Despite the importance of estimating population level cancer outcomes, most registries do not collect critical events such as relapse. Attempts to use health administrative data to identify these events have focused on older adults and have been mostly unsuccessful. We developed and tested administrative data-based algorithms in a population-based cohort of adolescents and young adults with cancer.
We identified all Ontario adolescents and young adults 15–21 years old diagnosed with leukemia, lymphoma, sarcoma, or testicular cancer between 1992–2012. Chart abstraction determined the end of initial treatment (EOIT) date and subsequent cancer-related events (progression, relapse, second cancer). Linkage to population-based administrative databases identified fee and procedure codes indicating cancer treatment or palliative care. Algorithms determining EOIT based on a time interval free of treatment-associated codes, and new cancer-related events based on billing codes, were compared with chart-abstracted data.
The cohort comprised 1404 patients. Time periods free of treatment-associated codes did not validly identify EOIT dates; using subsequent codes to identify new cancer events was thus associated with low sensitivity (56.2%). However, using administrative data codes that occurred after the EOIT date based on chart abstraction, the first cancer-related event was identified with excellent validity (sensitivity, 87.0%; specificity, 93.3%; positive predictive value, 81.5%; negative predictive value, 95.5%).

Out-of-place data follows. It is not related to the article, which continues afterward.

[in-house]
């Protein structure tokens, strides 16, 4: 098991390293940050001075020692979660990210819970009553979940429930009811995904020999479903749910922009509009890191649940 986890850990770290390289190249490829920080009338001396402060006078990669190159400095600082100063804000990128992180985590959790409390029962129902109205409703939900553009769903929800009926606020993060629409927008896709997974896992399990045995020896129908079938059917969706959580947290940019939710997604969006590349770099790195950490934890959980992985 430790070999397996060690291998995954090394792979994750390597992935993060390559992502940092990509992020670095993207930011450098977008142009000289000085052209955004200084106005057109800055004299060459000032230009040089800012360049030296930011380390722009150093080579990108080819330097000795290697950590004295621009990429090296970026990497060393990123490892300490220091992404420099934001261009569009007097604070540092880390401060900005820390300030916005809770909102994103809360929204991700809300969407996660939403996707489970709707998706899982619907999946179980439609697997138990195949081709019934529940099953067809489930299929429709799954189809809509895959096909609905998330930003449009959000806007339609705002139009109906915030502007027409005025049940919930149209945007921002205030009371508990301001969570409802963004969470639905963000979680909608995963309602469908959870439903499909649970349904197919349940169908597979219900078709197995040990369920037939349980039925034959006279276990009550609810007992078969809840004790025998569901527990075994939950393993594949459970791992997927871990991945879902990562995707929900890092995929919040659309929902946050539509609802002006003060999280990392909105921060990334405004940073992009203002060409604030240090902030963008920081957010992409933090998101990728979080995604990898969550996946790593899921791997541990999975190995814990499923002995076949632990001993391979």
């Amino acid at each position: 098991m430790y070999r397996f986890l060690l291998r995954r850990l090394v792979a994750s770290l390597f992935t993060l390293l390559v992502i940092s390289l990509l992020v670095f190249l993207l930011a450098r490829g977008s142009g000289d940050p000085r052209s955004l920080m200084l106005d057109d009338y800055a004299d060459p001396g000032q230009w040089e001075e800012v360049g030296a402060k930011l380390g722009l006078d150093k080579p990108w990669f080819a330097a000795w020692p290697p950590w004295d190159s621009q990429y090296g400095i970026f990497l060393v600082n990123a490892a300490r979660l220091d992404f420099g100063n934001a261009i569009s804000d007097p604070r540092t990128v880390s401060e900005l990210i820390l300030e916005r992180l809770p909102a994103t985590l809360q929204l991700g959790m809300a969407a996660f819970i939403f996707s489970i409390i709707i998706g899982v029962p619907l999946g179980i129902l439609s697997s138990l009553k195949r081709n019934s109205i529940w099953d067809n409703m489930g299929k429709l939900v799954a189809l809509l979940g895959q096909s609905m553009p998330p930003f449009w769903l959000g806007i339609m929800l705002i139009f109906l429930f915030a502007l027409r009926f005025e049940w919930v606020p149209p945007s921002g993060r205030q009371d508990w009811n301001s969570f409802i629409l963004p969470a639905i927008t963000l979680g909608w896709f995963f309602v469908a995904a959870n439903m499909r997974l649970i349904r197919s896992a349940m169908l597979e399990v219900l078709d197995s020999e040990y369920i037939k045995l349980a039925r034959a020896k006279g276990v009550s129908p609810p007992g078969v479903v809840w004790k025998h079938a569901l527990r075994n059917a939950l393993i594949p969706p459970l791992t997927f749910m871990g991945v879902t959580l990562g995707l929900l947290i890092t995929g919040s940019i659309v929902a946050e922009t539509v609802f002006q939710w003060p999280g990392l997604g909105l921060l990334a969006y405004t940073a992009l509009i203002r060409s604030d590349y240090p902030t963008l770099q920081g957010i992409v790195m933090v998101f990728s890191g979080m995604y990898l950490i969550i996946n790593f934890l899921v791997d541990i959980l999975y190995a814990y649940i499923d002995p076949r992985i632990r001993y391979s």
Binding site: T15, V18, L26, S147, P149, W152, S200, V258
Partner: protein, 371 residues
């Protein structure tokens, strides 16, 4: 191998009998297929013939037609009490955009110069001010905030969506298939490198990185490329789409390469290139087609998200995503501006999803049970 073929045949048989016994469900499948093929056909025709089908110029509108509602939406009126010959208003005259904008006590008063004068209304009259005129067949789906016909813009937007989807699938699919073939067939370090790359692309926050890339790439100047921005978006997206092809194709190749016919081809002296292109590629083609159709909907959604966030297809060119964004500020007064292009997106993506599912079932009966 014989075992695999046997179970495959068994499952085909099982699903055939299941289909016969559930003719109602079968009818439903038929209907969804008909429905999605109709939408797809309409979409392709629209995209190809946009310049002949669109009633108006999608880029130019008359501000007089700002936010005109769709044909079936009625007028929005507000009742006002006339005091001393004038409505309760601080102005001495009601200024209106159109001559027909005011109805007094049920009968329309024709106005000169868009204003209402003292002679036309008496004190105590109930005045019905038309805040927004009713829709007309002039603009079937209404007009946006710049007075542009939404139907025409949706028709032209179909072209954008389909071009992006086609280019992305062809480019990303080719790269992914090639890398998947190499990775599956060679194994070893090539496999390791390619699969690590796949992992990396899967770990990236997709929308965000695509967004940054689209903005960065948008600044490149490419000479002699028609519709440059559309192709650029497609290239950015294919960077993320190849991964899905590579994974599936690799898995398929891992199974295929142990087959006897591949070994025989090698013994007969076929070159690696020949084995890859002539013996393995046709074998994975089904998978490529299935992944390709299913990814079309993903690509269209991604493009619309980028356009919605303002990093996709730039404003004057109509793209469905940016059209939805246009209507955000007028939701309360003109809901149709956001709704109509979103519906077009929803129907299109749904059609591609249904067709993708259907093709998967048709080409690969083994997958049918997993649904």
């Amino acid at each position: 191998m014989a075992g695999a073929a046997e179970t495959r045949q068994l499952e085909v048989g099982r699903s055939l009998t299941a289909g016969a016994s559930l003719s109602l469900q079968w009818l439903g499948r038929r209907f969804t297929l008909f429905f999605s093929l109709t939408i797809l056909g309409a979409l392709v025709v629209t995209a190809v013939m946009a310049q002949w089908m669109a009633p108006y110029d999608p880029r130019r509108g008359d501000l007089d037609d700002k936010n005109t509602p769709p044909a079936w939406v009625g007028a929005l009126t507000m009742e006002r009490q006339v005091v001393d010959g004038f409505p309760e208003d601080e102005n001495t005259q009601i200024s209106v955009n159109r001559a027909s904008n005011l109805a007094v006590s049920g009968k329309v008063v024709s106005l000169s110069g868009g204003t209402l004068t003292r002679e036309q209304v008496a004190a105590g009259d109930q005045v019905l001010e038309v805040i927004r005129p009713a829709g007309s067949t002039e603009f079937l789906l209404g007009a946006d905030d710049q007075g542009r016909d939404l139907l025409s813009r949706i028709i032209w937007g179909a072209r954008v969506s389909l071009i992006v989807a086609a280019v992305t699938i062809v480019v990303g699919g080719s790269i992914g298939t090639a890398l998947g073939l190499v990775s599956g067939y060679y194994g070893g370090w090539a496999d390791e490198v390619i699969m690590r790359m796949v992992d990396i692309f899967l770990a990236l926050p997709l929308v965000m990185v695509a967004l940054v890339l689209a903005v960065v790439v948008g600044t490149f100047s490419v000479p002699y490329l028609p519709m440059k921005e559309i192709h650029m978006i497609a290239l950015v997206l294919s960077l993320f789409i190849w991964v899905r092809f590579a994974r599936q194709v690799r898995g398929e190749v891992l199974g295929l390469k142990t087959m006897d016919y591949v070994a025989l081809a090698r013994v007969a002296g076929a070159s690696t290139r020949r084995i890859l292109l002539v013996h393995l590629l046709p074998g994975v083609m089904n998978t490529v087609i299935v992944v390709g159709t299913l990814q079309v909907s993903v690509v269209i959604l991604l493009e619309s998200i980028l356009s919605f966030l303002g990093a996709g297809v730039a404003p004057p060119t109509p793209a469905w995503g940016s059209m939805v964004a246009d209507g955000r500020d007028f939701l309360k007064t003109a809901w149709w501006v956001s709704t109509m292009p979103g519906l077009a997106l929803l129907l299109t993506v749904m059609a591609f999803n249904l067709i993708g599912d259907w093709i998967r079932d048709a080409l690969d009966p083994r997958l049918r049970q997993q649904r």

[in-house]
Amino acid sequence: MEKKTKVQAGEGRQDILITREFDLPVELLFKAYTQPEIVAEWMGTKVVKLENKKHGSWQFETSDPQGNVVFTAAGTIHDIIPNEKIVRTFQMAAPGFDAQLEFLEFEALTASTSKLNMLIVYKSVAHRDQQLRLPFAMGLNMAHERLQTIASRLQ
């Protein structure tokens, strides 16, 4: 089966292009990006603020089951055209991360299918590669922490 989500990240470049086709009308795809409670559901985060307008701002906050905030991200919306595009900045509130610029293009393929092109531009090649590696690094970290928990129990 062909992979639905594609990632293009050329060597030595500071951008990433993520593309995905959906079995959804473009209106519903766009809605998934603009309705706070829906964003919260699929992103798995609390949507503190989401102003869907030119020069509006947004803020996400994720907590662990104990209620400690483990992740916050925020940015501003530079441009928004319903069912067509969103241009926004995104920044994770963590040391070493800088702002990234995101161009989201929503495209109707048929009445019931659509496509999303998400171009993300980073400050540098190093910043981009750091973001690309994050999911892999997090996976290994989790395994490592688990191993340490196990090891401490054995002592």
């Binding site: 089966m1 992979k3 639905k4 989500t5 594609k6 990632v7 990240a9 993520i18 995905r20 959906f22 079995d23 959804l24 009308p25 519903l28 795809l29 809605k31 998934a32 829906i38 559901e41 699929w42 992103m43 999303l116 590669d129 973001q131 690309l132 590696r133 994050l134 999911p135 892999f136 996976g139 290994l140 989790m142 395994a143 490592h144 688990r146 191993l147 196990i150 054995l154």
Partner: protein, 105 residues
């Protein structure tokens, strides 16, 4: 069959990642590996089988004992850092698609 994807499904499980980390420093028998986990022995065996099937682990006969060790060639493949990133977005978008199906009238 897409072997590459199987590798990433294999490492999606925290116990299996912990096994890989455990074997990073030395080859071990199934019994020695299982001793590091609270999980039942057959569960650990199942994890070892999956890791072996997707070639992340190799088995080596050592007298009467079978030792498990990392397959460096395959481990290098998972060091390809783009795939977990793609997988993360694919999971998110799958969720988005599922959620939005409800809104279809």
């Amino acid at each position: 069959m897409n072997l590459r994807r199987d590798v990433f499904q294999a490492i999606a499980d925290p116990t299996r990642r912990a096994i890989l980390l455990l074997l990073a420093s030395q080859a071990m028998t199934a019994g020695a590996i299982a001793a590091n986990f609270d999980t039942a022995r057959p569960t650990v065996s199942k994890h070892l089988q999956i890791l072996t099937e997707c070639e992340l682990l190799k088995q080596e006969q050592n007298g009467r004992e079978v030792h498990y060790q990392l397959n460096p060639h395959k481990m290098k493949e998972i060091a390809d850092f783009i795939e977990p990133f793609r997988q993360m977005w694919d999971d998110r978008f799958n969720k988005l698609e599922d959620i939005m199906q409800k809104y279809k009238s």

Although administrative data alone did not validly identify cancer-related events, administrative data in combination with chart collected EOIT dates was associated with excellent validity. The collection of EOIT dates by cancer registries would significantly expand the potential of administrative data linkage to assess cancer outcomes.
*Division of Haematology/Oncology, The Hospital for Sick Children
†Faculty of Medicine, University of Toronto
‡Cancer Research Program, Institute for Clinical Evaluative Sciences
§Institute for Health Policy, Evaluation and Management, University of Toronto
∥Department of General Surgery, Li Ka Shing Knowledge Institute St. Michael’s Hospital
¶Canadian Partnership Against Cancer
#Pediatric Oncology Group of Ontario, Toronto, ON, Canada
Supported by a Young Investigator Award to S.G. from Alex’s Lemonade Stand. The building of the IMPACT cohort was funded through a Project Grant from the Canadian Institutes of Health Research (CIHR—MOP 133618); a CIHR Foundation Grant (NB—FND 148470); the C17 Council; and the Pediatric Oncology Group of Ontario. This study was also supported by the Institute for Clinical Evaluative Sciences (ICES), which is funded by an annual grant from the Ontario Ministry of Health and Long-Term Care (MOHLTC). No endorsement by ICES or the Ontario MOHLTC is intended or should be inferred. Parts of this material are based on data and information compiled and provided by CIHI. However, the analyses, conclusions, opinions and statements expressed herein are those of the author, and not necessarily those of CIHI.
The authors declare no conflict of interest.
Reprints: Sumit Gupta, MD, PhD, Division of Haematology/Oncology, Hospital for Sick Children, 555 University Avenue, Toronto, ON, Canada, M5G 1X8. E-mail: firstname.lastname@example.org.